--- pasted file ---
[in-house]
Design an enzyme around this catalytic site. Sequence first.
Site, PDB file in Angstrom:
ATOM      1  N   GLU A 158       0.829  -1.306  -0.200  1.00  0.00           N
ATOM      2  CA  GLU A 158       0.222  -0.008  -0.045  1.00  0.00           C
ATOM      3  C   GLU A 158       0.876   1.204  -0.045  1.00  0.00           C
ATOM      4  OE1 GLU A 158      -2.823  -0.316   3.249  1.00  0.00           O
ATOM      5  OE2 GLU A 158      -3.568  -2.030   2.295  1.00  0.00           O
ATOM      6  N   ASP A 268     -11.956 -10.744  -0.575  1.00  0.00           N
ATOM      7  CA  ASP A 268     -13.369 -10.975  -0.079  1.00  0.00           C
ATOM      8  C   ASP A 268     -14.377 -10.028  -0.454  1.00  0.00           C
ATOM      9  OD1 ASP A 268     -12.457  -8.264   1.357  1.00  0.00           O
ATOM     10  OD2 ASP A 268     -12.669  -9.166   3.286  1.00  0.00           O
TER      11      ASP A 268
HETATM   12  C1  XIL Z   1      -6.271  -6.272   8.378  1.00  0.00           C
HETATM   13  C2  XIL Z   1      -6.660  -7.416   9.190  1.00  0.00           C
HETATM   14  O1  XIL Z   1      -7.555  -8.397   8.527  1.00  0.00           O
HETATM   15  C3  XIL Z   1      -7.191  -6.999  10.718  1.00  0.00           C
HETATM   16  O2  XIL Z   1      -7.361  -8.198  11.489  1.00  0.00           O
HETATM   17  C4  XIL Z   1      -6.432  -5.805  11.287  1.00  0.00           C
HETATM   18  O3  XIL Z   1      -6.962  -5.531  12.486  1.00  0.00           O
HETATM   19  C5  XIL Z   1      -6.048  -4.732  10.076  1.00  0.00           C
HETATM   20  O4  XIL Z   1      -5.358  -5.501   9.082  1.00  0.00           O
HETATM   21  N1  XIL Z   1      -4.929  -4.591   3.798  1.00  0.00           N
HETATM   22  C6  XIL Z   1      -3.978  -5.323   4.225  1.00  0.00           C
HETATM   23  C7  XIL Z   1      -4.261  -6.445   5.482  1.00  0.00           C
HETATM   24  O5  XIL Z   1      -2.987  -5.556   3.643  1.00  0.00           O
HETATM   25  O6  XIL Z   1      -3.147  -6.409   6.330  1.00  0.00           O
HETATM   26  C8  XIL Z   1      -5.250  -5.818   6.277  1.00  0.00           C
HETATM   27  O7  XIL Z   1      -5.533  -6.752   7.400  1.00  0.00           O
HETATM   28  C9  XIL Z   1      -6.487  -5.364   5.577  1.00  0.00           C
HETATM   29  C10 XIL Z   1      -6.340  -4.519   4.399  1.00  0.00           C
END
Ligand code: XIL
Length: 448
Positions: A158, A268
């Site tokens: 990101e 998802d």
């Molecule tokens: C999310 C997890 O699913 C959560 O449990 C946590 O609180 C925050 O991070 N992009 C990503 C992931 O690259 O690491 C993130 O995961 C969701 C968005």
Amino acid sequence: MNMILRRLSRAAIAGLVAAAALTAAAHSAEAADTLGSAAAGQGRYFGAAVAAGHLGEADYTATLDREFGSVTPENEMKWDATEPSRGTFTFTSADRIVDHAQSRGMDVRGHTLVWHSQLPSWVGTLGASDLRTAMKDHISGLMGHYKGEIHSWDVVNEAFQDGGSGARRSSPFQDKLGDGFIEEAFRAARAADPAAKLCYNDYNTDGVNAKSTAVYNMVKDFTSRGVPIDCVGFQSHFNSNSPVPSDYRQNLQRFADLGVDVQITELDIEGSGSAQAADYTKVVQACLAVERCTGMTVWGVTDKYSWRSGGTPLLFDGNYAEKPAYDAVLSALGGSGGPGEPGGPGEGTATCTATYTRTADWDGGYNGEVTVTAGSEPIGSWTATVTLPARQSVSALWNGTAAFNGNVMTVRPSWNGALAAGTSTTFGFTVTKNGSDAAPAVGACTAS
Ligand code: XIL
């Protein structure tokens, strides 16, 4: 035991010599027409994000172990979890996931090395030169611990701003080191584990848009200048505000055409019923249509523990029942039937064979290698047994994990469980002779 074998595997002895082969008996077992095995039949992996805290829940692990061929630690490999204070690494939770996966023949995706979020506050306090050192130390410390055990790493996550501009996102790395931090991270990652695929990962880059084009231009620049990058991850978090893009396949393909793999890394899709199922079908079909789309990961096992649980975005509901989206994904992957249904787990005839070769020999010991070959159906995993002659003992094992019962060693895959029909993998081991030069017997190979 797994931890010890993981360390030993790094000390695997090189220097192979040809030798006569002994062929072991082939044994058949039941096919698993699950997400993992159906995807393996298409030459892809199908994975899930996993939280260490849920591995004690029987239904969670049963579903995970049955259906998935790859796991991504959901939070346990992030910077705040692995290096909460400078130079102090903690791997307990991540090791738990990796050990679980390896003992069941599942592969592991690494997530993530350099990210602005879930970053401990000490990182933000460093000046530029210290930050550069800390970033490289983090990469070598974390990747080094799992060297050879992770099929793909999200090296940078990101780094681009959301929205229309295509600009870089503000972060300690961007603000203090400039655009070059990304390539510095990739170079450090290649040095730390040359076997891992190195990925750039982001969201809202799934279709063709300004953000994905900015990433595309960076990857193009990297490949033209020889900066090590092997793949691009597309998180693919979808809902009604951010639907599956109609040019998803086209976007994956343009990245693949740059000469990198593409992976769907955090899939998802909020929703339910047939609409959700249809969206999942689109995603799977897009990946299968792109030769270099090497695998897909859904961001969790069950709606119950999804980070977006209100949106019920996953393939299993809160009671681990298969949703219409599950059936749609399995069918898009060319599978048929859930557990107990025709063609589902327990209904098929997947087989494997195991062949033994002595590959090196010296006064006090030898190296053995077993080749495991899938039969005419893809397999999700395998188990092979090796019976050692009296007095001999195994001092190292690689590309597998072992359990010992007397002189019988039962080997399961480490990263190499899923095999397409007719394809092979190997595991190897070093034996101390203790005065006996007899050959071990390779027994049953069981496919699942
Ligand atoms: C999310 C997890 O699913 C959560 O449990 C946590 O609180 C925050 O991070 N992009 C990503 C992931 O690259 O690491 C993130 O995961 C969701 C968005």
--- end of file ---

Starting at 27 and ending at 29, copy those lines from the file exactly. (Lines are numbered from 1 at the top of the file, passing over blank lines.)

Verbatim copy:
HETATM   24  O5  XIL Z   1      -2.987  -5.556   3.643  1.00  0.00           O
HETATM   25  O6  XIL Z   1      -3.147  -6.409   6.330  1.00  0.00           O
HETATM   26  C8  XIL Z   1      -5.250  -5.818   6.277  1.00  0.00           C